ANDREW Elliot’s childhood memories of a rather chilly farmhouse left him with a distinct preference for the kind of home that warms the bones.
“We made sure these barn conversions are easy to keep cosy,” says Andrew’s wife Liz, referring to two self-catering properties the couple recently completed on the same farm, near the Borders village of Clovenfords.
Certainly the two houses ooze warmth, in terms of spirit as well as temperature. No shortcuts were taken in the process of converting these buildings, which have undergone something of a personality transplant since they served as the end sections of a forlorn U-shaped steading.
Redeveloping the site wasn’t easy. The old steading, which had lots of little rooms doing lots of different jobs, was almost running down the hillside. So damp and dilapidated was the middle section that it had to be removed, and the two buildings are now separated by 40 metres of garden.
Extensive structural work was required to shore up the ground levels on the sloping land.
Other major challenges included connecting the houses to mains water over a mile-and-a-half (and two more farms) away. Then there was the 3,000 tons of earth that had to be cleared from a hillside to meet a planning regulation regarding visibility on one of two access roads, not to mention the harsh winter of 2010 to contend with in the first half of the project’s two-year duration.
“Getting trades up the road proved precarious,” says Liz.
Having spent so much on things guests don’t see, Andrew and Liz lavished similar attention to detail on both the exterior and interior finishes.
This is not the first renovation that the couple have tackled. However, while they completed much of the groundwork here, with four children and rather a lot of farming to do, they did not have the hours to oversee the project full time. Andrew also admits that he wouldn’t have been comfortable with technical jobs such as underpinning walls and forming the metal structure that extends the footprint of one of the buildings.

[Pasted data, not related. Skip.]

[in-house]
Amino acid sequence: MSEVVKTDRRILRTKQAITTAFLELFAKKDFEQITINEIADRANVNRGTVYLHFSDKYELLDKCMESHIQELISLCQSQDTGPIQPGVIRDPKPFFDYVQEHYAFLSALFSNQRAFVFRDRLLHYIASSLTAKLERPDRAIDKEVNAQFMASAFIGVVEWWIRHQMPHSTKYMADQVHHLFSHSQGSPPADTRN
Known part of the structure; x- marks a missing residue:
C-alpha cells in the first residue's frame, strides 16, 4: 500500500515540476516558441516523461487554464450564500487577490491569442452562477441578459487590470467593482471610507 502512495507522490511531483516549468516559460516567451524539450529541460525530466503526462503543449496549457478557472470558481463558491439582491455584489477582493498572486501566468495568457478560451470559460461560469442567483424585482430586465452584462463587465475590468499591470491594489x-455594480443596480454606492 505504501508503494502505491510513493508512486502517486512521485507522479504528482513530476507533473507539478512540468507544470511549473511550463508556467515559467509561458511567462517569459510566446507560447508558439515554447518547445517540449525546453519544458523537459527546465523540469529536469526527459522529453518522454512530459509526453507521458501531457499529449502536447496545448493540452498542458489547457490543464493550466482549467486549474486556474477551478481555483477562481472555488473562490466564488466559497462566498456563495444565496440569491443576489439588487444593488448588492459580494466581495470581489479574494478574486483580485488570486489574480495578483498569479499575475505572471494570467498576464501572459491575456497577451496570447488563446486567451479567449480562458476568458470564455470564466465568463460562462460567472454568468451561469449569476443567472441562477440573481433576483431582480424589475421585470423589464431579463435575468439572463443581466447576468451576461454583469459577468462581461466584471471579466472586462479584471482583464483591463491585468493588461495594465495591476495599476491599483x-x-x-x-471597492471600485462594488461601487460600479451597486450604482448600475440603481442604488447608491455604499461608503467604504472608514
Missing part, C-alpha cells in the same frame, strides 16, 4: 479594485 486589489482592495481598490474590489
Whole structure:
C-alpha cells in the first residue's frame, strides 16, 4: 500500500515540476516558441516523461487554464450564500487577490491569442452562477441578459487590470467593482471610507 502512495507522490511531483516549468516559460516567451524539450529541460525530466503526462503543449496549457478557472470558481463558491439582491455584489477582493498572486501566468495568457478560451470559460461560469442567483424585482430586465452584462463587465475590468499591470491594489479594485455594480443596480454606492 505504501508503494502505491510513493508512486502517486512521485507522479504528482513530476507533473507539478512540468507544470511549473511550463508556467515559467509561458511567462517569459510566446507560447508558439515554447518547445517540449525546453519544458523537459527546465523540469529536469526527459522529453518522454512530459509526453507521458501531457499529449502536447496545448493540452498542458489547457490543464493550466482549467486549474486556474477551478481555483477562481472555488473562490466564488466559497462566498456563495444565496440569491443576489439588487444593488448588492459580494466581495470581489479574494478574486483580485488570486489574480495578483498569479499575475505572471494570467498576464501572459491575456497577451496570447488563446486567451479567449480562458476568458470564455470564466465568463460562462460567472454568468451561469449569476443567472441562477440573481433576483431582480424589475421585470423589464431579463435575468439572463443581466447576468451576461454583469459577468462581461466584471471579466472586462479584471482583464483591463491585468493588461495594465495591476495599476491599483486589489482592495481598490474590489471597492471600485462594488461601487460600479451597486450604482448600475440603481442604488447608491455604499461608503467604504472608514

Nevertheless, he was closely involved with designs drawn up by Galashiels-based architect Alan McGill. In many ways the steading’s deteriorated state increased the scope of what they could do, allowing the height of the new cottages to be raised, for example. External walls were preserved, acting as envelopes within which new timber-framed structures (packed with insulation) were slipped.
The couple happily handed their builder, Malcolm Horsburgh of local firm, MEH Builders & Joiners, the role of project manager and can’t sing his praises highly enough.
“What made the project special was the way that Malcolm and the other trades took real ownership of it,” says Liz.
It was Malcolm who suggested the look of the bathrooms and en suites.
“I’d envisaged a traditional style but he had a gut feeling that something more contemporary would work,” says Liz, who loves the slate finishes that make a statement in these rooms.
Malcolm also made the timber kitchens which, like the solid oak and slate floors, underline the quality of the interiors. In the house christened Dignity (after a Cheviot sheep bred by Andrew’s grandfather, which set a world record price when sold in 1920), the kitchen sits in an L-shape as part of a large living space. In fact, this cottage has two living rooms and debate raged for some time as to what purpose the second would serve.